Xanax And Celexa
These advertisements contribute to rising costs by inducing consumer demand for newer, higher-priced drugs, when the older ones may work just as well.s just as easily as they can sway the rest of us. Suzanne and Robert Fletcher, published a study sharply critical of the pharmaceutical industry, pharmaceutical advertising in the journal declined substantially, and remained lower than usual for months thereafter.
On The Take by Jerome P Kassirer M.
Health Care in the New Millennium by Ian Morrison, page 48
Yet the mainstream media operate with somewhat of a double standard. Unfortunately, this is also true of many nutrition journals as well. The role of the U.
Strand looks at these high figures and poses the question: "Why.
Alternative Medicine by Burton Goldberg, page 48
Such results can be reported by medical journalists—which are also hired by these PR firms—in unsuspecting medical journals. They admit that they might make friends and generate goodwill for their companies in the process, but their primary goal, they claim, is education, not marketing. Where do most doctors turn for medication and dosage information.
Across Big Pharma, what companies do is fund and design studies which are carefully constructed in a way that will only highlight the positive effects of the drugs. The people who approve a drug when they see that there is a safety problem with it are very reluctant to do anything about it because it will reflect badly on them.
Consumers do not actually write their own prescriptions, but they practically do, based on whatever drugs they see advertised on television. Moreover, everybody was lighting up, just as in a certain strata, everybody was inhaling.
Phentermine Overnight Federal Express
So, that's where we are today in terms of Big Pharma. In fact, the advertisements are working … too well. As a result, niacin is not intensively advertised like the other drugs.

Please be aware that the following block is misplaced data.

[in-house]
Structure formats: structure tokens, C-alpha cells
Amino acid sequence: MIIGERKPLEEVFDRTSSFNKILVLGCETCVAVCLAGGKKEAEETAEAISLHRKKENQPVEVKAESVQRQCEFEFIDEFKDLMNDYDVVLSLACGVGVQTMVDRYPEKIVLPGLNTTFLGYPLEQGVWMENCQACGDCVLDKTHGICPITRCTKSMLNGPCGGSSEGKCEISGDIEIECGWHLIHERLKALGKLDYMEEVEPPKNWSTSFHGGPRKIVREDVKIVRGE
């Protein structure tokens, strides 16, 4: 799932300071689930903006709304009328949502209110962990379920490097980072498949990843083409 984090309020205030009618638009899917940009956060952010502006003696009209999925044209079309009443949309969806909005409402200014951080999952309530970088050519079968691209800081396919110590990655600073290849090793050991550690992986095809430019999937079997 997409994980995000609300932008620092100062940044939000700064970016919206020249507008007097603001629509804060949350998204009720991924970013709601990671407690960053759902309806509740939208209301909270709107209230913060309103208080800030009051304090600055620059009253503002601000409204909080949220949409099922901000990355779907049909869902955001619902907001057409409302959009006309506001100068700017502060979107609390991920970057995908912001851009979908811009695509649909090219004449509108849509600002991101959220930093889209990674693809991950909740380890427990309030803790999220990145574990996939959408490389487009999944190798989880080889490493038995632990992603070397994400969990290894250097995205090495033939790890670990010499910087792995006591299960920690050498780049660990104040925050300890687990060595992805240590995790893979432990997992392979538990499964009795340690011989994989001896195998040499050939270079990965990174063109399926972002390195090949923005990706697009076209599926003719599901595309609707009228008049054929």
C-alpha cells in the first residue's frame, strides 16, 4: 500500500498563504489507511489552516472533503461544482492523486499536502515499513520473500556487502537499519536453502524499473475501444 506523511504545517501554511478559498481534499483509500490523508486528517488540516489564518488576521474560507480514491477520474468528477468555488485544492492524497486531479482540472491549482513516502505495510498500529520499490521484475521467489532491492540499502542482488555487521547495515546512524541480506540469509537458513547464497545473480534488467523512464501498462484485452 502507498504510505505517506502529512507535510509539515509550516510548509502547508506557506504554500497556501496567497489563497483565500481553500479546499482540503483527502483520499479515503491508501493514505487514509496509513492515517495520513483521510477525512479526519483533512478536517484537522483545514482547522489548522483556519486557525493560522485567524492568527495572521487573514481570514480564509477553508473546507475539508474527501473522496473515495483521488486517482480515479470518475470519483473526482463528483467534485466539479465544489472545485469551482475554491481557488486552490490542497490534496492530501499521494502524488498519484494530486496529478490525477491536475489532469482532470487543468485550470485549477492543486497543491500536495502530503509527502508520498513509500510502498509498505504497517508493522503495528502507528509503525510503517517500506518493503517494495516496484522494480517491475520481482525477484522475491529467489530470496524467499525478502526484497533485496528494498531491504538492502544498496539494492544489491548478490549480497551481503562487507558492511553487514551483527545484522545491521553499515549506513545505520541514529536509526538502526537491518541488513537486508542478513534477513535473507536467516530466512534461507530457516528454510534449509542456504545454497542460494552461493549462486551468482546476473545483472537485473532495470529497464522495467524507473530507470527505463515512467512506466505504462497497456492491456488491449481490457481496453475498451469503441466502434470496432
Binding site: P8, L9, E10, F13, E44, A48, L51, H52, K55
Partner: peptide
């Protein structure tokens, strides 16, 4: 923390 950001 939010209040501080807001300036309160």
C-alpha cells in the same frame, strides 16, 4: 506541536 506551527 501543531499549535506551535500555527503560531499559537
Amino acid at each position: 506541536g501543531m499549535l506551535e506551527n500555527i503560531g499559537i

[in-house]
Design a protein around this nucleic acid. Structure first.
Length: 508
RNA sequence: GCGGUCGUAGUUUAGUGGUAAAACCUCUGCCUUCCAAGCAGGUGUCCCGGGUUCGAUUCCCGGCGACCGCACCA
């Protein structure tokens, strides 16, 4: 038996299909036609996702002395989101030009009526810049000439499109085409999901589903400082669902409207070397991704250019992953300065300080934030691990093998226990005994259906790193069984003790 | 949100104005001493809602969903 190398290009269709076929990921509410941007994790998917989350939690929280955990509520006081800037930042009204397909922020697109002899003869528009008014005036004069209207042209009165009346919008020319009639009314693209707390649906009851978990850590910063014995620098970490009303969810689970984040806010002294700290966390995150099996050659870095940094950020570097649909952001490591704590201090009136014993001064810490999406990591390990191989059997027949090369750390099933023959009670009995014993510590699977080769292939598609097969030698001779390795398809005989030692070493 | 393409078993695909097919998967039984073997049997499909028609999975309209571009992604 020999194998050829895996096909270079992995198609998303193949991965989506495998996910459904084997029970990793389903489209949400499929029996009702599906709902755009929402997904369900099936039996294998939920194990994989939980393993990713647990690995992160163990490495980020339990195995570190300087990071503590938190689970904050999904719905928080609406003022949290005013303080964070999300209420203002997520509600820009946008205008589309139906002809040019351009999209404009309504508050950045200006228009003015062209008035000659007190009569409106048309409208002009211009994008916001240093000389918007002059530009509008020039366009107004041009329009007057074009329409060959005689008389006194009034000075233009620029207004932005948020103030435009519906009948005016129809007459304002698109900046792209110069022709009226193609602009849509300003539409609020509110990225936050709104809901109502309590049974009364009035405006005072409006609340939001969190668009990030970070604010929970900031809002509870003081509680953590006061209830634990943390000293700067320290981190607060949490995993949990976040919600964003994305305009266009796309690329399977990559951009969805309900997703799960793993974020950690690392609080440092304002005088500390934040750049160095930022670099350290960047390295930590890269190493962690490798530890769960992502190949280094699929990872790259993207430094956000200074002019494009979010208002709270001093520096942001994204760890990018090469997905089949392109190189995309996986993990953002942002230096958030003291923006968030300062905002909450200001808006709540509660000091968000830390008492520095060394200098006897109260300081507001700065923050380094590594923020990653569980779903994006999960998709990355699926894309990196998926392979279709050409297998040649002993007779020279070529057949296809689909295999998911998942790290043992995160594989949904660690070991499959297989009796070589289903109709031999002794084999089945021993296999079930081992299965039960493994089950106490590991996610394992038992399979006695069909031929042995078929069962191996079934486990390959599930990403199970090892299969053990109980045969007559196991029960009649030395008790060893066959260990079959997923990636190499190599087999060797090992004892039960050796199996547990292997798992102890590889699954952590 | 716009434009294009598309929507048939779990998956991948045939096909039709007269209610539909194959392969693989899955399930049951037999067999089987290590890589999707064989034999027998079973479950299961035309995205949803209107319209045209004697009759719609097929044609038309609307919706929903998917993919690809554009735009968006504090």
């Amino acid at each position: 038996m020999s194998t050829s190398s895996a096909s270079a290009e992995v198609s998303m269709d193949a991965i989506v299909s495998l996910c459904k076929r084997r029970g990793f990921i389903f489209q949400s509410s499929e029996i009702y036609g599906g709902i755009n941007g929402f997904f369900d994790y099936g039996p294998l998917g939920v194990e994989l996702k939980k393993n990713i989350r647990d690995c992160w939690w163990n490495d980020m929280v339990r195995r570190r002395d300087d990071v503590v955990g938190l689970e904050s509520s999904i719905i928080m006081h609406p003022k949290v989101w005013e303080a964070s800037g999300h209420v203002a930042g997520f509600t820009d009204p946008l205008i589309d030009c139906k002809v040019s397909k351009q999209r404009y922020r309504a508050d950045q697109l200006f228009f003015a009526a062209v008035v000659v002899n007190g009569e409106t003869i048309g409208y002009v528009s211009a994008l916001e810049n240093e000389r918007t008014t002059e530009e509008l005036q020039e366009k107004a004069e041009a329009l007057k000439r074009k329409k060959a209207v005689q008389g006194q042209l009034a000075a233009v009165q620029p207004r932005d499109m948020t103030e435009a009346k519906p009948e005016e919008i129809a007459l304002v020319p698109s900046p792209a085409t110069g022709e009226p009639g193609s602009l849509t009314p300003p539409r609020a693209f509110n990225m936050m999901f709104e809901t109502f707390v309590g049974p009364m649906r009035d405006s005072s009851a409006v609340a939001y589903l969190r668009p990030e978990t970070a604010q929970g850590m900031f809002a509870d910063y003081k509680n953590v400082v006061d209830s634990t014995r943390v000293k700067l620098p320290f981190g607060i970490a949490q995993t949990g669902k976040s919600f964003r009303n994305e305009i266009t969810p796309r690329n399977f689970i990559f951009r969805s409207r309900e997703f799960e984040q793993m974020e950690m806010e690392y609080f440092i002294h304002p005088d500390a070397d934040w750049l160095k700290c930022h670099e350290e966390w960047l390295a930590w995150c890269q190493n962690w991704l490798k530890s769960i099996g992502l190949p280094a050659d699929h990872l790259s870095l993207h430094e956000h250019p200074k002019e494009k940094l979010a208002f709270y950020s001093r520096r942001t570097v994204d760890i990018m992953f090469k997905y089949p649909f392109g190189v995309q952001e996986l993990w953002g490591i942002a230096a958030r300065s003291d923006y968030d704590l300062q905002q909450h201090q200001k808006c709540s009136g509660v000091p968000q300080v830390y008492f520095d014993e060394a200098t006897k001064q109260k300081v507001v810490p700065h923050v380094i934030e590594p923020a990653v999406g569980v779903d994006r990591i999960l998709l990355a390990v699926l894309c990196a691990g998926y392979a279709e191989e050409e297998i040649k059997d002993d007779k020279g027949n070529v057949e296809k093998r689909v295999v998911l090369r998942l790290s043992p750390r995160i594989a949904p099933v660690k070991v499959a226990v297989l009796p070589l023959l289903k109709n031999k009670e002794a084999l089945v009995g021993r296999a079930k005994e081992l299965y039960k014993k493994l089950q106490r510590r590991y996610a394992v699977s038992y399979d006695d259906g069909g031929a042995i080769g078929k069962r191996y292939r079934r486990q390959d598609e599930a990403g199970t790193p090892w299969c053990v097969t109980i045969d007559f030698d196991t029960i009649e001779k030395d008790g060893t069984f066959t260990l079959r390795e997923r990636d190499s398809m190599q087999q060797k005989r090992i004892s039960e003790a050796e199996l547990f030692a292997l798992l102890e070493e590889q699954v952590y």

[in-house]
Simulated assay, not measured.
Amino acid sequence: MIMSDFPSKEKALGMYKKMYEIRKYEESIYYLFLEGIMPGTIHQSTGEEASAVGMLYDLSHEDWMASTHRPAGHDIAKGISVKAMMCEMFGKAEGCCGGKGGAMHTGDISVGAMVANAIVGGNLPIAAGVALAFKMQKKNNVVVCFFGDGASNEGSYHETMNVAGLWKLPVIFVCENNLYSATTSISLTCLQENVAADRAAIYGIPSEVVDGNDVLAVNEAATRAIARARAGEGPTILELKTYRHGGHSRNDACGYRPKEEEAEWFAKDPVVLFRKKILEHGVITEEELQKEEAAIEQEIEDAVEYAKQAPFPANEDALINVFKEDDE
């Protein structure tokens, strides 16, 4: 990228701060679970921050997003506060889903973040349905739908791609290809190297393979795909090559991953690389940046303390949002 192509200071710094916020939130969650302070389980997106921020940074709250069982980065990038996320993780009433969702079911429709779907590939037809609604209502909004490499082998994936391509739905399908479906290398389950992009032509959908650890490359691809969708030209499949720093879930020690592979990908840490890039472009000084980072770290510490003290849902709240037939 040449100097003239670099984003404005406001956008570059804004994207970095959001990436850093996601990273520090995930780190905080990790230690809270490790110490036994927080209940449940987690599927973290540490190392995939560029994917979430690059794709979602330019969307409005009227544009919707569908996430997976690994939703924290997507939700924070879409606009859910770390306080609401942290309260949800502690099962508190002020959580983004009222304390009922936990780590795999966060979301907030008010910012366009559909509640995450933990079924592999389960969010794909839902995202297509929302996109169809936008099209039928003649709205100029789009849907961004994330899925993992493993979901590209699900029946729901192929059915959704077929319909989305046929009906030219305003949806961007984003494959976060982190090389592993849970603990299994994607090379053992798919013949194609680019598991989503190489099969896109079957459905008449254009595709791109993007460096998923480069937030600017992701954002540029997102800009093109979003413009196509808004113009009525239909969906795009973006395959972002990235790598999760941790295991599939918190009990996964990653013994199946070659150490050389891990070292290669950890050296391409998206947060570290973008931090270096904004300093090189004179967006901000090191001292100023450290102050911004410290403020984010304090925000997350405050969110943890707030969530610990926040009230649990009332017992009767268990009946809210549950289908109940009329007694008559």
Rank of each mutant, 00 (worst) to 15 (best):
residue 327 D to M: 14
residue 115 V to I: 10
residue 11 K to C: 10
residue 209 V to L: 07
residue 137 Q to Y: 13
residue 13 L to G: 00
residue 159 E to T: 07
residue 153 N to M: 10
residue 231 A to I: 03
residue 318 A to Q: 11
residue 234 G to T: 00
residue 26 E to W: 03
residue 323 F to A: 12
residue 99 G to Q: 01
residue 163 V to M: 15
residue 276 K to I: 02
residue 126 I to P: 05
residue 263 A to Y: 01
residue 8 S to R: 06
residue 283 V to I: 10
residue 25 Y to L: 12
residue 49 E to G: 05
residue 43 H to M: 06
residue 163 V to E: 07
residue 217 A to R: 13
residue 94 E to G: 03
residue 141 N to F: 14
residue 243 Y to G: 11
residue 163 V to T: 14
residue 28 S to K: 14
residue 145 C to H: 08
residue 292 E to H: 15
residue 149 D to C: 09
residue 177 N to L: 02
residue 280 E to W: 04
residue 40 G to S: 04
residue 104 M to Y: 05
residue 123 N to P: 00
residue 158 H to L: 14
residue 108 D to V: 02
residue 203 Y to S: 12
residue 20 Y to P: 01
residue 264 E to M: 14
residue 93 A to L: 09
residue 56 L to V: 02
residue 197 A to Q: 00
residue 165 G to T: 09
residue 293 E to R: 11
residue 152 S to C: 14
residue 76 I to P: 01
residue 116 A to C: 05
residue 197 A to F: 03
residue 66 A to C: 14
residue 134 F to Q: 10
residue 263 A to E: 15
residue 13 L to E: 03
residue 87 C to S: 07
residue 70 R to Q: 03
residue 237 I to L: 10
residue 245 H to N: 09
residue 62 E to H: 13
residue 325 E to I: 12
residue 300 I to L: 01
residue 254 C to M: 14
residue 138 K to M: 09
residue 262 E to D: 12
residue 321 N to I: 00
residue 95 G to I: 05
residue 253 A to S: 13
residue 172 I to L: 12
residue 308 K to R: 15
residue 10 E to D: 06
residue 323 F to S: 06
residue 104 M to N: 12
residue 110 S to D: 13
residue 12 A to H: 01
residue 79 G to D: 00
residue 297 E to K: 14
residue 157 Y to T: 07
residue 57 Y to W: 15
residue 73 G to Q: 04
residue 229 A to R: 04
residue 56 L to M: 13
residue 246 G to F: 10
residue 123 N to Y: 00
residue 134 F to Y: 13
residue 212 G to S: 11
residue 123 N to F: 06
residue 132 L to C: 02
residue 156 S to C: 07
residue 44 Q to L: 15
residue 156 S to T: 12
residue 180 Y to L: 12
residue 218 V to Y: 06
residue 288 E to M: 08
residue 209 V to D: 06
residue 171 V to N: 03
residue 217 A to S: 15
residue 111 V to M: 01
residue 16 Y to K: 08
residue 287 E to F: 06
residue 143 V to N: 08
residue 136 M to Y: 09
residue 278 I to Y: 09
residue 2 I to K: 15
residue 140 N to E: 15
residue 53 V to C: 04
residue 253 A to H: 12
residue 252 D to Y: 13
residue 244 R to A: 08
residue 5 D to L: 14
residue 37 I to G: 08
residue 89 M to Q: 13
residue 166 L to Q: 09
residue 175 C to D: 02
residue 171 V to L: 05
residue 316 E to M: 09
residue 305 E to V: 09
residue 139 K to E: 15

Prozac Backlash by Joseph Glenmullen MD, page 232
For years the pharmaceutical industry was allowed to market its drugs only to doctors.
As we have seen recently, both of these promises by drug companies have turned out to be not just distortions, but outright lies. The drug companies are also responsible for the expensive, slick, four-color ads you now see in consumer magazines and newspapers. In 1985 the pharmaceutical Advertising Council and the FDA solicited funds from the pharmaceutical industry to combat medical quackery; they also issued a joint statement addressed to the presidents of advertising and PR agencies nationwide, asking them to cooperate with the anti-quackery campaign. In May 2004, Pfizer pled guilty to Medicaid fraud and agreed to pay fines of approximately $430 million.
Organized medicine, simply put, is one giant money-making sham based on junk science. The morning talk shows are full of medical technology miracles; they cover the wonders of new drugs and medical devices and technology using the canned television images provided by the industry. It's important to bear in mind that many medical journals receive a substantial amount of revenue from the advertising dollars they get from the pharmaceutical industry, whose interests would not be served by articles and studies that recommended the use of alternative medicine over drugs and surgery.
Preventing And Reversing Osteoporosis By Alan R Gaby MD, page 249
Another area in which pharmaceutical companies wield enormous influence is medical "education."
On The Take by Jerome P Kassirer M. By intimidating the Food and Drug Administration (FDA) into approving record numbers of me-too drugs (drugs that offer no significant benefit over drugs already on the market) that often have dangerous adverse effects and by spending well in excess of $12 billion a year to promote drugs, using advertising and promotional tricks that push at or through the envelope of being false and misleading, this industry has been extremely successful in distorting, in a profitable but dangerous way, the rational processes for approving and prescribing drugs. But the rules were strict, and the content of the ads was, therefore, limited: Drugs could be mentioned by name, but advertisements that discussed the treatment of specific conditions were required to include a lengthy list of side effects and contraindications (situations in which the drug should not be used).
Thus, they continue to run those ads and they continue to focus on the promotion of pharmaceuticals for profit rather than education about chemical agents that should be used with caution, and only in specific circumstances. They directly influence consumer behavior, yet drug companies claim they only "educate" patients, but don't persuade them to do anything.